KEIGHLEY will play a central role in Bradford’s bid to become UK City of Culture 2025.

Arts professionals and volunteers were heavily involved in talks about whether to seek the accolade and will continue to shape the formal application.

Keighley Arts & Film Festival (KAFF) and Keighley Creative Space have shared discussions with representatives from leading Bradford theatre, dance and art organisations.

KAFF fundraising coordinator Jan Smithies said the organisation – which plans its first major festival this autumn – was delighted about the recent formal announcement of Bradford’s City of Culture bid.

She said: “A number of people based in Keighley have been part of the discussions which helped shape and influence the district’s decision to Oscar bid. They will ensure that Keighley will continue to be a significant geographical focus for the further development of the bid.

“Places such as Liverpool and Hull have clearly demonstrated what an impact investment in arts and culture can have on economic development, regeneration, creativity and public enjoyment, and engagement with new arts opportunities.”

Jan said KAFF and Keighley Creative Space were working with other District Partners on other funding bids for projects to help get local people involved in arts and cultural beyond the Festival weekend.

Keighley has a long tradition in the arts, dating back to the mid-1800s when the Brontë sisters wrote their famous novels in Haworth.

The town and surrounding area has been used for filming many times, from blockbuster movies The Railway Children and Yanks in the 1970s to recent films and TV series such as The Limehouse Golem, Peaky Blinders and Swallows and Amazons.

In 2017 Haworth Main Street became a film set for the BBC’s Bronte biopic To Walk Invisible, with a replica Haworth Parsonage built on Penistone Hill. In recent years Keighley has developed its own film festival, RATMA (River Aire Ten Minute Amateur), attracting entries from across the globe.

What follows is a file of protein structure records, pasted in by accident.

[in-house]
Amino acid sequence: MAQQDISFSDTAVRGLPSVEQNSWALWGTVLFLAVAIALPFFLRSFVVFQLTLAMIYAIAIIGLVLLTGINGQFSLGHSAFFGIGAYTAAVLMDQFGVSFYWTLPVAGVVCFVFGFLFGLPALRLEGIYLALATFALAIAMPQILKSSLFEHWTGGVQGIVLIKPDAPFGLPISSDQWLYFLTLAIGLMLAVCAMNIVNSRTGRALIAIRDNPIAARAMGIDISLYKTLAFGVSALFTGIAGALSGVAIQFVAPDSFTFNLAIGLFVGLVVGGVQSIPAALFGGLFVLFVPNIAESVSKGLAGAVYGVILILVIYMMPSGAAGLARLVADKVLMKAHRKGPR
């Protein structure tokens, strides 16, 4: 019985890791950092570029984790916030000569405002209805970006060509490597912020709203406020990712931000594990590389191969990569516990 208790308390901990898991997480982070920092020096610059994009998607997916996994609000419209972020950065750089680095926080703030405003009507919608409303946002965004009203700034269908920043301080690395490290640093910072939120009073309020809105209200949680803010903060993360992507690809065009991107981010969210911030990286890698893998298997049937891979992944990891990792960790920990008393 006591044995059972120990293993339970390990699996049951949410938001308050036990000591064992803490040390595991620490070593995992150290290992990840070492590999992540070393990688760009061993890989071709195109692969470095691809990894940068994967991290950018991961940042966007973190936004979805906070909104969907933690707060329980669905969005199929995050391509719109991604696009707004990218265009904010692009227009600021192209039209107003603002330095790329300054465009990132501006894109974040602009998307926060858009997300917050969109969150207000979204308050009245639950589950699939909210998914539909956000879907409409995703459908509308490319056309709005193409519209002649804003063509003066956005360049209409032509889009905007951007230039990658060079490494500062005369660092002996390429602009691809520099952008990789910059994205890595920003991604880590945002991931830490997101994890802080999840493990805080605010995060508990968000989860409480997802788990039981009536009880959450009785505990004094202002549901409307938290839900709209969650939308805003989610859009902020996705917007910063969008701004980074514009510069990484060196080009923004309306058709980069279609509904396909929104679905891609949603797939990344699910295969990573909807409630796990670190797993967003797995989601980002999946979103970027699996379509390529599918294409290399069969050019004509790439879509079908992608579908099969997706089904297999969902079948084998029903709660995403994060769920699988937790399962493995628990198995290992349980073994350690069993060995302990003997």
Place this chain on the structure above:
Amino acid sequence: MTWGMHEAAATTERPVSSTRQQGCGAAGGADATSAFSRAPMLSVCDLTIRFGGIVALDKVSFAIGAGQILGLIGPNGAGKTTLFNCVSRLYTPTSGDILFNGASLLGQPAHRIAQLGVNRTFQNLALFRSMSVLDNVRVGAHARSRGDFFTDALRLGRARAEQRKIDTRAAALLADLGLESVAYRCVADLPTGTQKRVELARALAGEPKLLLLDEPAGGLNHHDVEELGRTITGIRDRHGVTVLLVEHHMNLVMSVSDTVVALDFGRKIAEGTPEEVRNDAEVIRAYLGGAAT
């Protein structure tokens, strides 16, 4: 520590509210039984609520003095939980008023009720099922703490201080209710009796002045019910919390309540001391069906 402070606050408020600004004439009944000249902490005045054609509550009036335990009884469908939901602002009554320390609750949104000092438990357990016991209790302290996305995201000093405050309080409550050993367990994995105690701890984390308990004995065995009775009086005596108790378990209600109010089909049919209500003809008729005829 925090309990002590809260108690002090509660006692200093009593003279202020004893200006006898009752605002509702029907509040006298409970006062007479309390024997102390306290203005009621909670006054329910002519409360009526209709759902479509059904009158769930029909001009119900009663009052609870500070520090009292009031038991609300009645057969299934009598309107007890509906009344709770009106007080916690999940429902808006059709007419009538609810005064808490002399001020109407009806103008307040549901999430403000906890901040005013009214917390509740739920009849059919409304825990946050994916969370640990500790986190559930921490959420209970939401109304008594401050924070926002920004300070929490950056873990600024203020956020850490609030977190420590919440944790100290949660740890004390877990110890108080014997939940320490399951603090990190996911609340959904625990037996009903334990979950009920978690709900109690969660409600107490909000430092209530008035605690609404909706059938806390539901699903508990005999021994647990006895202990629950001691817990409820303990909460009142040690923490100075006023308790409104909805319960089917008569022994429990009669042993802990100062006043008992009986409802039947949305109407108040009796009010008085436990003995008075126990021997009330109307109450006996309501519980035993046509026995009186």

Keighley also has a flourishing music scene, thanks to organisations such as Keighley Musicians Centre, the Exchange Arts Centre and Jam On Top music studios.

The title of UK City of Culture is awarded every four years by the Government, and brings millions of pounds of UK investment.

Bradford’s bid, backed by Bradford Council and in competition with Luton, Lancashire, Southampton and the Tees Valley, will be driven by a newly-formed Cultural Place Partnership.

The partnership believes a successful bid could act as a catalyst for culture-led regeneration, potentially reaping significant cultural, social and economic benefits, as it did for Hull, the 2017 City of Culture.

The bid will also form part of the council’s plans for a new Cultural Strategy for 2020 to 2030, to be announced later this year.

Council leader Cllr Susan Hinchcliffe, chairman of the culture Place Partnership, said that in recent years Bradford had become the world’s first UNESCO City of Film, established a nationally renowned literature festival, and transformed the city centre with the City Park, the £9.5m restoration of St George’s Hall and plans to open the former Odeon as music venue Bradford Live.

She said now was the time to build on such developments and “show Bradford off to the world” while benefitting every corner of the district.

She said: “Culture makes a vital social and economic contribution to the city. It promotes us to the nation and the world as a vibrant, creative, confident place to visit, live and work in.

I’m also a great believer in culture and art as a means of personal transformation - it raises aspirations, enables us to explore skills and connects us with others.

“We’re a big city, in the heart of the North. If you want to make a statement about the future of this country, Bradford is the place to invest in. We have global diversity, fantastic landscapes and a cultural offer that has grown enormously in recent years.”